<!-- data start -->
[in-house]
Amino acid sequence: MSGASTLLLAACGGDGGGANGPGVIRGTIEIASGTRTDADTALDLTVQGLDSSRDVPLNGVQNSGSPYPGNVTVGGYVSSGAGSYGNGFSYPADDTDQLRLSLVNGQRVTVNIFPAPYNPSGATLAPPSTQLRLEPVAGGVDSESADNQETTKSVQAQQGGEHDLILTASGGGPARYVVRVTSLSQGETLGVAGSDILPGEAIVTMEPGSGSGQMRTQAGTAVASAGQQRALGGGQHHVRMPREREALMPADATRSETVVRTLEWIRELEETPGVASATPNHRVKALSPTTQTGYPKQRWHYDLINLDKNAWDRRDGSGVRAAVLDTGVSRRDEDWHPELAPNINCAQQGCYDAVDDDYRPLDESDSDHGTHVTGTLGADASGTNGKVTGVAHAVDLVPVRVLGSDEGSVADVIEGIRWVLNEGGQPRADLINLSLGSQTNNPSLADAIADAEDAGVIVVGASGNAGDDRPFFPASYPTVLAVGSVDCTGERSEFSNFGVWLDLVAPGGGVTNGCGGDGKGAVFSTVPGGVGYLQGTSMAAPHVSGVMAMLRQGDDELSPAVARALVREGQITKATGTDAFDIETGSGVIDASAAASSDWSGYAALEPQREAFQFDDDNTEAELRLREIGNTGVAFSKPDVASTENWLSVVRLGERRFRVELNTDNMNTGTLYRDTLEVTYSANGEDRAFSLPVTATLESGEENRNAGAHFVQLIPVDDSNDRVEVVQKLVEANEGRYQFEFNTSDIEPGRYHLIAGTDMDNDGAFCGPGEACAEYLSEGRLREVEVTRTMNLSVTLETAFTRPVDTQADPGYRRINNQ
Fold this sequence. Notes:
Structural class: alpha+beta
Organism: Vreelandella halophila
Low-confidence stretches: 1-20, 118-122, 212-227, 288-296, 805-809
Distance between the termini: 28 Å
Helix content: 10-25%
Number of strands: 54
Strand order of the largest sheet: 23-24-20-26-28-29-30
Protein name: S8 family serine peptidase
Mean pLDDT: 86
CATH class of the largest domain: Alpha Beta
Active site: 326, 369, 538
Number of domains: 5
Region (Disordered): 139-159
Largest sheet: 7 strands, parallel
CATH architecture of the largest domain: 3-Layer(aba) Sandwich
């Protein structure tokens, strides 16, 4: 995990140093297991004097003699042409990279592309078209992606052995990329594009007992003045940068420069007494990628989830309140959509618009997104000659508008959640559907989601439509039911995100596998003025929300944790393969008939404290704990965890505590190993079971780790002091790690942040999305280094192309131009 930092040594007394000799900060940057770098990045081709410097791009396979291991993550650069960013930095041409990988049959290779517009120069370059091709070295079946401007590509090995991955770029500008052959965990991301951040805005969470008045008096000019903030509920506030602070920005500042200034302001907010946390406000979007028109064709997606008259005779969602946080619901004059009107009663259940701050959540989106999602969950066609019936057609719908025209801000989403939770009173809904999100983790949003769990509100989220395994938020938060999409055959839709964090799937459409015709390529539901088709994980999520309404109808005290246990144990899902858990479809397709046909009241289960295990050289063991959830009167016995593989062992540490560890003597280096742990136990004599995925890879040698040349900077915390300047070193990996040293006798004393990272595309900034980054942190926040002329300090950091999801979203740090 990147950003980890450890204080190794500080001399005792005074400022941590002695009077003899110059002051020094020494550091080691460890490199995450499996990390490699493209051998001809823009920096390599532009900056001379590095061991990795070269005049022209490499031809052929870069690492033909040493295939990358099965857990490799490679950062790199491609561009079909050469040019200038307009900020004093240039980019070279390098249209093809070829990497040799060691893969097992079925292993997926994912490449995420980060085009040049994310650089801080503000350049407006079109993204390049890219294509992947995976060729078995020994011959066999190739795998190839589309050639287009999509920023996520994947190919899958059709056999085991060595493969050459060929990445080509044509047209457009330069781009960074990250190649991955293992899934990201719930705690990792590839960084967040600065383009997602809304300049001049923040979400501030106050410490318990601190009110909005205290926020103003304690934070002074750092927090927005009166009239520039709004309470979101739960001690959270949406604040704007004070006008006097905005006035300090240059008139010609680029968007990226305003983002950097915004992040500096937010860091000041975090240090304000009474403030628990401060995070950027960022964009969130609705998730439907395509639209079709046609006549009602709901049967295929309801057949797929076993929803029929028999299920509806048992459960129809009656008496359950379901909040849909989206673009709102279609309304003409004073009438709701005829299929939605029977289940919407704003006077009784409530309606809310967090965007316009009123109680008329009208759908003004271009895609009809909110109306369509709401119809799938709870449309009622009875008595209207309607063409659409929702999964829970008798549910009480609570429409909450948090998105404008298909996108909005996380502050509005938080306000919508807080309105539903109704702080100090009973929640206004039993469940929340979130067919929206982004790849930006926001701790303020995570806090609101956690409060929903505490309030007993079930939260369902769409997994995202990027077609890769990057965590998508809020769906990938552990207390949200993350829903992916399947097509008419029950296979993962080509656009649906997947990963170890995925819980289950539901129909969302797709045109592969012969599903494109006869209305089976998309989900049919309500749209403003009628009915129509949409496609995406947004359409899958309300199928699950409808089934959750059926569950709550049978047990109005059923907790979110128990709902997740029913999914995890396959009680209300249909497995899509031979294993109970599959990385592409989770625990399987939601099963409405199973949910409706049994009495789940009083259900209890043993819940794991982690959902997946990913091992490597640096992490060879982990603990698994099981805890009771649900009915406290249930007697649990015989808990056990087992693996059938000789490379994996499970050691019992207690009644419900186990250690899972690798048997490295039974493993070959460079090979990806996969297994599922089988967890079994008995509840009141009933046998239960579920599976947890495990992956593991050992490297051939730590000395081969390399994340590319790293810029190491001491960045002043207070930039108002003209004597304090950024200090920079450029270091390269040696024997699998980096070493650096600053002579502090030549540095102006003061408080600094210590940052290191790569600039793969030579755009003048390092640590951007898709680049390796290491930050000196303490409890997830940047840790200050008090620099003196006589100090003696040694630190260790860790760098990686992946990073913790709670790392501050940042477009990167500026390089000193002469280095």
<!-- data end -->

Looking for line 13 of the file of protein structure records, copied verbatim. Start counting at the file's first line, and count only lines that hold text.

CATH class of the largest domain: Alpha Beta